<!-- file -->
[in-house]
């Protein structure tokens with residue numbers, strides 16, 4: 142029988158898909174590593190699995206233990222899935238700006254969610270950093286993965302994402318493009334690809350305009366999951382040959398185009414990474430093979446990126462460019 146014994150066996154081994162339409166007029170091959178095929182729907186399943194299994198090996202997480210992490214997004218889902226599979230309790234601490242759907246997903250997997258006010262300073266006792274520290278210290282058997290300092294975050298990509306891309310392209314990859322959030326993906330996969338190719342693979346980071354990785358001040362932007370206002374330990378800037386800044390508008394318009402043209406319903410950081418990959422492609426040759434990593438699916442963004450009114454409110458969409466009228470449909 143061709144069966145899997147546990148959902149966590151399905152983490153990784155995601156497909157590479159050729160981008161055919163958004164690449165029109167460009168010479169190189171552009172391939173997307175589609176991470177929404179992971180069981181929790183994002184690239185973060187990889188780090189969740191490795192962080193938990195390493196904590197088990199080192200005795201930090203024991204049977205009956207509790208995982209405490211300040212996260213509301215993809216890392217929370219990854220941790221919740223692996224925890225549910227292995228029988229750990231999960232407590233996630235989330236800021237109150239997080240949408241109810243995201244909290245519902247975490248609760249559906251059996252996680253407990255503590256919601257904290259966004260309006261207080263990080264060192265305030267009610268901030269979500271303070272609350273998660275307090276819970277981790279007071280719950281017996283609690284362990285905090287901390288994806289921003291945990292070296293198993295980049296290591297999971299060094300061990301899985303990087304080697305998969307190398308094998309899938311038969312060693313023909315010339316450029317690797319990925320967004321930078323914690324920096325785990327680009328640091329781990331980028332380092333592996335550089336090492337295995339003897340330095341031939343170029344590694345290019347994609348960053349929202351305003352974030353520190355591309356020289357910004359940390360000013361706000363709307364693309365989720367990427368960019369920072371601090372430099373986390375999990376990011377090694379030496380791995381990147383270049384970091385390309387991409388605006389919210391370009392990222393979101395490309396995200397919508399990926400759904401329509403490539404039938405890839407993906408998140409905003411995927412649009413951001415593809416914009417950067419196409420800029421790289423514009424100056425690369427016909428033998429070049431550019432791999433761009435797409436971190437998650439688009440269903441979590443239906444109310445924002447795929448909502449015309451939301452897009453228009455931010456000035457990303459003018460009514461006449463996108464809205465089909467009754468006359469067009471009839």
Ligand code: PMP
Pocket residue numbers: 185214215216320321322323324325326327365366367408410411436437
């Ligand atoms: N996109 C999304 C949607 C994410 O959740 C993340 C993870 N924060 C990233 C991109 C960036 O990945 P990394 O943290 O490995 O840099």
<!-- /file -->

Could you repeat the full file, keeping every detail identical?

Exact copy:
[in-house]
């Protein structure tokens with residue numbers, strides 16, 4: 142029988158898909174590593190699995206233990222899935238700006254969610270950093286993965302994402318493009334690809350305009366999951382040959398185009414990474430093979446990126462460019 146014994150066996154081994162339409166007029170091959178095929182729907186399943194299994198090996202997480210992490214997004218889902226599979230309790234601490242759907246997903250997997258006010262300073266006792274520290278210290282058997290300092294975050298990509306891309310392209314990859322959030326993906330996969338190719342693979346980071354990785358001040362932007370206002374330990378800037386800044390508008394318009402043209406319903410950081418990959422492609426040759434990593438699916442963004450009114454409110458969409466009228470449909 143061709144069966145899997147546990148959902149966590151399905152983490153990784155995601156497909157590479159050729160981008161055919163958004164690449165029109167460009168010479169190189171552009172391939173997307175589609176991470177929404179992971180069981181929790183994002184690239185973060187990889188780090189969740191490795192962080193938990195390493196904590197088990199080192200005795201930090203024991204049977205009956207509790208995982209405490211300040212996260213509301215993809216890392217929370219990854220941790221919740223692996224925890225549910227292995228029988229750990231999960232407590233996630235989330236800021237109150239997080240949408241109810243995201244909290245519902247975490248609760249559906251059996252996680253407990255503590256919601257904290259966004260309006261207080263990080264060192265305030267009610268901030269979500271303070272609350273998660275307090276819970277981790279007071280719950281017996283609690284362990285905090287901390288994806289921003291945990292070296293198993295980049296290591297999971299060094300061990301899985303990087304080697305998969307190398308094998309899938311038969312060693313023909315010339316450029317690797319990925320967004321930078323914690324920096325785990327680009328640091329781990331980028332380092333592996335550089336090492337295995339003897340330095341031939343170029344590694345290019347994609348960053349929202351305003352974030353520190355591309356020289357910004359940390360000013361706000363709307364693309365989720367990427368960019369920072371601090372430099373986390375999990376990011377090694379030496380791995381990147383270049384970091385390309387991409388605006389919210391370009392990222393979101395490309396995200397919508399990926400759904401329509403490539404039938405890839407993906408998140409905003411995927412649009413951001415593809416914009417950067419196409420800029421790289423514009424100056425690369427016909428033998429070049431550019432791999433761009435797409436971190437998650439688009440269903441979590443239906444109310445924002447795929448909502449015309451939301452897009453228009455931010456000035457990303459003018460009514461006449463996108464809205465089909467009754468006359469067009471009839």
Ligand code: PMP
Pocket residue numbers: 185214215216320321322323324325326327365366367408410411436437
């Ligand atoms: N996109 C999304 C949607 C994410 O959740 C993340 C993870 N924060 C990233 C991109 C960036 O990945 P990394 O943290 O490995 O840099």